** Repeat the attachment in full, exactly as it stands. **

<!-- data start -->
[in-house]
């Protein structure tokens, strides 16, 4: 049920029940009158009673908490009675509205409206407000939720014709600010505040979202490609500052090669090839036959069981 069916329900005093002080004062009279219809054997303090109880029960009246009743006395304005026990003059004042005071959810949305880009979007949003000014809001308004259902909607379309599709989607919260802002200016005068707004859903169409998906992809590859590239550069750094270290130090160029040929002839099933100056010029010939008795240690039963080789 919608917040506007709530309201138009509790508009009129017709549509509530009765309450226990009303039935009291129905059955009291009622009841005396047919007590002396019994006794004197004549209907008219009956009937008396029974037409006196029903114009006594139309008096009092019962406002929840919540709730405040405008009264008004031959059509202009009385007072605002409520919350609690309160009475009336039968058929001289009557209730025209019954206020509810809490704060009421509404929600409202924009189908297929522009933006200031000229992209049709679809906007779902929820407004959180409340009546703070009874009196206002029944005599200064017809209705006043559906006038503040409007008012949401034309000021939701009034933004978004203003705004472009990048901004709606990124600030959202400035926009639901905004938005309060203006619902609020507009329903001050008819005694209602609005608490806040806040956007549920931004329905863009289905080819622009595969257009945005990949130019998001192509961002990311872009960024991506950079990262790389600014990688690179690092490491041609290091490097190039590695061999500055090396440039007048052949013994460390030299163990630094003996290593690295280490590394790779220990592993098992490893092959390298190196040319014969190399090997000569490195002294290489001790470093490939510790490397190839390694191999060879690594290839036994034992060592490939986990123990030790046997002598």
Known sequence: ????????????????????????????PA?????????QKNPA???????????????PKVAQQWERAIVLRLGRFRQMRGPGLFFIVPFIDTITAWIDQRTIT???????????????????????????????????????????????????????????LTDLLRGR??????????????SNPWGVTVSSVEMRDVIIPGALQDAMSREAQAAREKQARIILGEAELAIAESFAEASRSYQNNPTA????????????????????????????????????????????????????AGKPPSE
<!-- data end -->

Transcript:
[in-house]
């Protein structure tokens, strides 16, 4: 049920029940009158009673908490009675509205409206407000939720014709600010505040979202490609500052090669090839036959069981 069916329900005093002080004062009279219809054997303090109880029960009246009743006395304005026990003059004042005071959810949305880009979007949003000014809001308004259902909607379309599709989607919260802002200016005068707004859903169409998906992809590859590239550069750094270290130090160029040929002839099933100056010029010939008795240690039963080789 919608917040506007709530309201138009509790508009009129017709549509509530009765309450226990009303039935009291129905059955009291009622009841005396047919007590002396019994006794004197004549209907008219009956009937008396029974037409006196029903114009006594139309008096009092019962406002929840919540709730405040405008009264008004031959059509202009009385007072605002409520919350609690309160009475009336039968058929001289009557209730025209019954206020509810809490704060009421509404929600409202924009189908297929522009933006200031000229992209049709679809906007779902929820407004959180409340009546703070009874009196206002029944005599200064017809209705006043559906006038503040409007008012949401034309000021939701009034933004978004203003705004472009990048901004709606990124600030959202400035926009639901905004938005309060203006619902609020507009329903001050008819005694209602609005608490806040806040956007549920931004329905863009289905080819622009595969257009945005990949130019998001192509961002990311872009960024991506950079990262790389600014990688690179690092490491041609290091490097190039590695061999500055090396440039007048052949013994460390030299163990630094003996290593690295280490590394790779220990592993098992490893092959390298190196040319014969190399090997000569490195002294290489001790470093490939510790490397190839390694191999060879690594290839036994034992060592490939986990123990030790046997002598």
Known sequence: ????????????????????????????PA?????????QKNPA???????????????PKVAQQWERAIVLRLGRFRQMRGPGLFFIVPFIDTITAWIDQRTIT???????????????????????????????????????????????????????????LTDLLRGR??????????????SNPWGVTVSSVEMRDVIIPGALQDAMSREAQAAREKQARIILGEAELAIAESFAEASRSYQNNPTA????????????????????????????????????????????????????AGKPPSE